Candy Hearts Mean Broken Hearts

It’s that time of year again. For some, its the most dreaded holiday of all; for others, it is highly anticipated and extensively planned for.  With Valentines Day comes many things: roses, maybe some self-loathing, candy and perhaps some sadness. Why is Valentine’s day a national holiday? Every February 14, across the United States and in other places around the world, candy, flowers and gifts are exchanged between loved ones, all in the name of St. Valentine. The Catholic Church recognizes at least three different saints named Valentine or Valentinus, all of whom were martyred. One legend contends that Valentine was a priest who served during the third century in Rome. When Emperor Claudius II decided that single men made better soldiers than those with wives and families, he outlawed marriage for young men. Valentine, realizing the injustice of the decree, defied Claudius and continued to perform marriages for young lovers in secret. When Valentine’s actions were discovered, Claudius ordered that he be put to death. This holiday, that many never highlight the history of, has been vastly exploited by card companies to make grandiose sums of money. Is it truly beneficial?

I am a supporter of gift giving and displaying love, but having a holiday with the sole purpose of doing so has potentially malicious implications. I do not like the idea of millions of Americans not in a romantic relationship feeling ostracized and lonely once a year. If there was a way to include all types of love, perhaps between friends or family, and not just putting romantic love on a pedestal, there would be a lot less sadness and Eeyore-style moping on this day.

Valentine’s Day also promotes the idea of materialism in relationships. Money shouldn’t buy happiness, but, buy this fluffy heart-eyed teddy bear for your significant other and they will feel more happy and loved. There should be perpetual and unfettered love in a healthy relationship, without a feeling of obligation when it comes to expressing that. It is lovely to buy gifts on Valentine’s Day, but don’t feel pressured to do so simply because its February 14th. When I hear buzzing chatter about Valentine’s Day plans, I hear undertones of competition between couples– who gets taken to the nicest place, who was given the most thoughtful gift– and I am perturbed by it. If anything, Valentines Day should be a holiday in which you appreciate the people you have in your life, and all the things they do for you year-round; it should not be a vehicle in which to prove to your friend or your school that your relationship is healthier or more successful than everyone else’s. You should not have to re-evaluate your relationship if your Valentine’s Day plans are deemed unfit by others. However you spend your day, if it is with the person or people that you love, it should be a perfect day, regardless of the price tag attached to it.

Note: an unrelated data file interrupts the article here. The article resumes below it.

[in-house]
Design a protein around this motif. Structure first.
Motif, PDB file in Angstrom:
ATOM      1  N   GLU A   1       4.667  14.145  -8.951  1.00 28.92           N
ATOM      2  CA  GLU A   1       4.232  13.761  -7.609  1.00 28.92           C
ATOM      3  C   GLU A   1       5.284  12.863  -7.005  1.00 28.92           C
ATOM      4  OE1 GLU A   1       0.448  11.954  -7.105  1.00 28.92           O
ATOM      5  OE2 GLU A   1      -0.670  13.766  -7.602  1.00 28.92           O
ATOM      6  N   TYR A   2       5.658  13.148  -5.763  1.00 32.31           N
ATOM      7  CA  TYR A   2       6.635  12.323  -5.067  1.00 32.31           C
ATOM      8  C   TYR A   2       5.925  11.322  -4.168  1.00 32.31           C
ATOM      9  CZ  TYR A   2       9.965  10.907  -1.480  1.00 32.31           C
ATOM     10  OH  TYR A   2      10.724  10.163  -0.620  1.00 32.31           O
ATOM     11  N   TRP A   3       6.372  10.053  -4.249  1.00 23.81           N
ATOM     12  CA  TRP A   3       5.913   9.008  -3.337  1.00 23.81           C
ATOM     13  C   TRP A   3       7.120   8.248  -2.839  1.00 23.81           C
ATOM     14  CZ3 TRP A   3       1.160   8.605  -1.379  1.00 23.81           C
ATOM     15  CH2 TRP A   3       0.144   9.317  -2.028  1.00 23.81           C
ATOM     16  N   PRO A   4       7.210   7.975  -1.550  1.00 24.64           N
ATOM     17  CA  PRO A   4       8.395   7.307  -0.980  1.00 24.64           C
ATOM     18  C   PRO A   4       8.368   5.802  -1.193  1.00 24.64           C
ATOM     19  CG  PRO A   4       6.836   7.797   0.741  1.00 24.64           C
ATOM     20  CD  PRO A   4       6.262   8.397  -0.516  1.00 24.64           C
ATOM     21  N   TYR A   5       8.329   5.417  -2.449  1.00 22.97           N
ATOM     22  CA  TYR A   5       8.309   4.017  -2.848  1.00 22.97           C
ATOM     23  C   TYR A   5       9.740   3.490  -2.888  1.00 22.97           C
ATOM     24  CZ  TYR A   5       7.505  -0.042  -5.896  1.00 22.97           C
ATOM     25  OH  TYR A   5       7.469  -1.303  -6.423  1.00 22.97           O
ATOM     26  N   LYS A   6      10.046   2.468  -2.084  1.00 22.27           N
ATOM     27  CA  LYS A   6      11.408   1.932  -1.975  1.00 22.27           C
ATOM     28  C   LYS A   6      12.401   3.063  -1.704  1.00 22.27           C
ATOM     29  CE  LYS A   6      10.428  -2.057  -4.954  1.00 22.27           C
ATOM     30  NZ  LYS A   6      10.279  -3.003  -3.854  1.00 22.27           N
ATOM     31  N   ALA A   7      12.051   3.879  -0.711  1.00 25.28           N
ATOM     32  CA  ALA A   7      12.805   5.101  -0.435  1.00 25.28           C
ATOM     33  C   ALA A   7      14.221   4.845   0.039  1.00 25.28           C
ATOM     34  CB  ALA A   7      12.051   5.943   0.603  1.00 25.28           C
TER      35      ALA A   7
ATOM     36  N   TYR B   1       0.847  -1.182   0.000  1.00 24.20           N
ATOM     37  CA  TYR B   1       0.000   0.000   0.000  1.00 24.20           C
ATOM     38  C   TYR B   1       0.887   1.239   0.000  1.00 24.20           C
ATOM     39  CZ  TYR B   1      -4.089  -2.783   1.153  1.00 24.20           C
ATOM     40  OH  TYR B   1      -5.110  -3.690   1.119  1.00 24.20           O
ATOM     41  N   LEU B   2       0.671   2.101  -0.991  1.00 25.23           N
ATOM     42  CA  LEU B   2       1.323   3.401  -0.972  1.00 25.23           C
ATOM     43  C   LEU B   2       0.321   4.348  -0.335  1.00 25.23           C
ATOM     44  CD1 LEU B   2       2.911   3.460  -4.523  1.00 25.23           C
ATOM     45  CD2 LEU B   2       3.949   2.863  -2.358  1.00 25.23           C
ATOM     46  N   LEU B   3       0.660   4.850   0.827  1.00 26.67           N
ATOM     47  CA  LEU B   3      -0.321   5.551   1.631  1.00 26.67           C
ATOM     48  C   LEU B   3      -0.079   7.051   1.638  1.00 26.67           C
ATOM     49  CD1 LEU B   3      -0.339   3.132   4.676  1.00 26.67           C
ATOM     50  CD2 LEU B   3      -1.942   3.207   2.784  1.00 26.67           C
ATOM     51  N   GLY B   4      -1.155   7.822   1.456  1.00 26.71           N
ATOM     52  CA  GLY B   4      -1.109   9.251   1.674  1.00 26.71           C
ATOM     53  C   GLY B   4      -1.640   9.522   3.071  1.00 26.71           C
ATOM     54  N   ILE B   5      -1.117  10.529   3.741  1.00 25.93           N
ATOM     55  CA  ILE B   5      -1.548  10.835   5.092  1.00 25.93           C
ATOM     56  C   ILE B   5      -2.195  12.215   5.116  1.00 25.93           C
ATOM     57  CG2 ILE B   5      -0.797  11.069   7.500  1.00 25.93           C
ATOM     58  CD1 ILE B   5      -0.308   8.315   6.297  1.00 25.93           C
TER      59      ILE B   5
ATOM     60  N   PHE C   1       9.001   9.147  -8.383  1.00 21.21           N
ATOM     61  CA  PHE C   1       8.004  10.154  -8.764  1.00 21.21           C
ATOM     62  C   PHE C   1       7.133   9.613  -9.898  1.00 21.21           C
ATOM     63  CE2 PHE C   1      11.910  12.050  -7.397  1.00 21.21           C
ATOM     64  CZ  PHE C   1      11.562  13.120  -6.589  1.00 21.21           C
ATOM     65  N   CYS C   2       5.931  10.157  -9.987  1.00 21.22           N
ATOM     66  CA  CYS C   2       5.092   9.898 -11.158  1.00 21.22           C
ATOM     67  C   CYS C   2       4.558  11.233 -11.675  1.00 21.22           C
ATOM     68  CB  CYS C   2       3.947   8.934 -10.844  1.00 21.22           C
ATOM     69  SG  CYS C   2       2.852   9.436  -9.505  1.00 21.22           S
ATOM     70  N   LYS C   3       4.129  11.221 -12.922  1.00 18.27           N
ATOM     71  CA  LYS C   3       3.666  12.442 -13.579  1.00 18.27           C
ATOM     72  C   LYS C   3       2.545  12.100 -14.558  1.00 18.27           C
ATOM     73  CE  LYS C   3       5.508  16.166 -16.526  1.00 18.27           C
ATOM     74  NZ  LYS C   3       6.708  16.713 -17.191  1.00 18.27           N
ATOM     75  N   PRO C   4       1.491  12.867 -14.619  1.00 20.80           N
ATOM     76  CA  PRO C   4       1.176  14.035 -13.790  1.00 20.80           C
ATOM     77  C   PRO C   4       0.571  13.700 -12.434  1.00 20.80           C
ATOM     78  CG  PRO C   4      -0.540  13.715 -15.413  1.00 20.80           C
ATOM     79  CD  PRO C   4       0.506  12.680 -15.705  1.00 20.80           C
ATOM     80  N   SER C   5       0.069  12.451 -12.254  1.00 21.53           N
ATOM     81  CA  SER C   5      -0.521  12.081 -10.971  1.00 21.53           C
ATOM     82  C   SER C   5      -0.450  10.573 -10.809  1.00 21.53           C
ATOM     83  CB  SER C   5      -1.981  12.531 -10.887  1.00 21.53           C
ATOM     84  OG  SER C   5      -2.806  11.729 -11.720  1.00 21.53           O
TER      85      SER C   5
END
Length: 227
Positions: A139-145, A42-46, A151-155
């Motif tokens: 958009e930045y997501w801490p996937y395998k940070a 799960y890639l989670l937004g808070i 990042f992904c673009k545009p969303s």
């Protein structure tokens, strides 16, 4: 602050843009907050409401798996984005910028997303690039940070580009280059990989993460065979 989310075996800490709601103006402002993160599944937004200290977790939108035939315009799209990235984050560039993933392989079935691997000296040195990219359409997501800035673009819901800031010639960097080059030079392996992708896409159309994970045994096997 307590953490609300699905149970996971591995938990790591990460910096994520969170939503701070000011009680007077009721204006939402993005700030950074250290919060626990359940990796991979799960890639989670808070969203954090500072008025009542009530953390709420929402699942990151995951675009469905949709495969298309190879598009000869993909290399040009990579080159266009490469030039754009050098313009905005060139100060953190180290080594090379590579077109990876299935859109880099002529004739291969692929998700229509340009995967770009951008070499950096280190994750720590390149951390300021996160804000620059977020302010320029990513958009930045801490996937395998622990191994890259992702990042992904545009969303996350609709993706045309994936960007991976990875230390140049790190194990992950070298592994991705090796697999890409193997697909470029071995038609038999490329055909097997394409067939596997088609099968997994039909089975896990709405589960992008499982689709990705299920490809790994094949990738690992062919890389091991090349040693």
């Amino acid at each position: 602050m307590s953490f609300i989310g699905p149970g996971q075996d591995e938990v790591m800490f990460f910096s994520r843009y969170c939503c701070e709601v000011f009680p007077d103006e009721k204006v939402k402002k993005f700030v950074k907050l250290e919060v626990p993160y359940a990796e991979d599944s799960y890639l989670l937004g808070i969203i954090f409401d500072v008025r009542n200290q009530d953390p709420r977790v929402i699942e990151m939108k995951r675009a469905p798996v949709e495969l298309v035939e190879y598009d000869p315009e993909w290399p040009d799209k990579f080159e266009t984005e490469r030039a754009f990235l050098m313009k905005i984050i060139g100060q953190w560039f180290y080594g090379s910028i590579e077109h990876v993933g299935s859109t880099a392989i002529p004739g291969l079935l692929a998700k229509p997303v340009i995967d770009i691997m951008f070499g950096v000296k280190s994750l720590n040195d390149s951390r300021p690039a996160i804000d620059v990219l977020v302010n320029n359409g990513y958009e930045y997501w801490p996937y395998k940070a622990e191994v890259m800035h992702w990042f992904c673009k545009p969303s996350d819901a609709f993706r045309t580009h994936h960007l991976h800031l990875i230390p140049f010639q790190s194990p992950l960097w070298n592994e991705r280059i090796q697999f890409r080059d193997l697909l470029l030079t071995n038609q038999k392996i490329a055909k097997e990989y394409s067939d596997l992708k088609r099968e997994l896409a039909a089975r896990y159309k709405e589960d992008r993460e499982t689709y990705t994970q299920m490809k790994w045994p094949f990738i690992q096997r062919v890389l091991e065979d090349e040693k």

On Valentine’s Day you should reflect on the love you have in your life, whether it be romantic or platonic, and treasure it. Every person should be able to find happiness this Wednesday, regardless of your relationship status, because there are people that love you unconditionally, even if they aren’t buying you heart shaped chocolates.